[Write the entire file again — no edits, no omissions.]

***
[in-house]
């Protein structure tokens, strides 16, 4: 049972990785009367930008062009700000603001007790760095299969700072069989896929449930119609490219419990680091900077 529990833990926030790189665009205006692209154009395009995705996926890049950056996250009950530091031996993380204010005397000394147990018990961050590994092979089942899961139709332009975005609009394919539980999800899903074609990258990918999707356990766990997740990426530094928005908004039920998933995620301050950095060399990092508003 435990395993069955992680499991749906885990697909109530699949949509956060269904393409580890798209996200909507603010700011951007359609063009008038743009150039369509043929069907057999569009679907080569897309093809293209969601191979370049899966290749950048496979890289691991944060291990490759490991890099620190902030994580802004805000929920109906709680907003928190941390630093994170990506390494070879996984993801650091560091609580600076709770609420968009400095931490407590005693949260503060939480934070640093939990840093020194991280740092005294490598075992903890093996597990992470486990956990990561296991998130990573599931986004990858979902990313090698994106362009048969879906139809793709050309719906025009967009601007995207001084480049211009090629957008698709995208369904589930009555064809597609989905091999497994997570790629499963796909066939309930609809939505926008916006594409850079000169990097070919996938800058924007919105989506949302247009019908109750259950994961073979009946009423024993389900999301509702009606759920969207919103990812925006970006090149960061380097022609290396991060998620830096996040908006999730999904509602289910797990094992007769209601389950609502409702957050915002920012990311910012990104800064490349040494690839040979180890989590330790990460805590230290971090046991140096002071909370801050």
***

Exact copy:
[in-house]
């Protein structure tokens, strides 16, 4: 049972990785009367930008062009700000603001007790760095299969700072069989896929449930119609490219419990680091900077 529990833990926030790189665009205006692209154009395009995705996926890049950056996250009950530091031996993380204010005397000394147990018990961050590994092979089942899961139709332009975005609009394919539980999800899903074609990258990918999707356990766990997740990426530094928005908004039920998933995620301050950095060399990092508003 435990395993069955992680499991749906885990697909109530699949949509956060269904393409580890798209996200909507603010700011951007359609063009008038743009150039369509043929069907057999569009679907080569897309093809293209969601191979370049899966290749950048496979890289691991944060291990490759490991890099620190902030994580802004805000929920109906709680907003928190941390630093994170990506390494070879996984993801650091560091609580600076709770609420968009400095931490407590005693949260503060939480934070640093939990840093020194991280740092005294490598075992903890093996597990992470486990956990990561296991998130990573599931986004990858979902990313090698994106362009048969879906139809793709050309719906025009967009601007995207001084480049211009090629957008698709995208369904589930009555064809597609989905091999497994997570790629499963796909066939309930609809939505926008916006594409850079000169990097070919996938800058924007919105989506949302247009019908109750259950994961073979009946009423024993389900999301509702009606759920969207919103990812925006970006090149960061380097022609290396991060998620830096996040908006999730999904509602289910797990094992007769209601389950609502409702957050915002920012990311910012990104800064490349040494690839040979180890989590330790990460805590230290971090046991140096002071909370801050």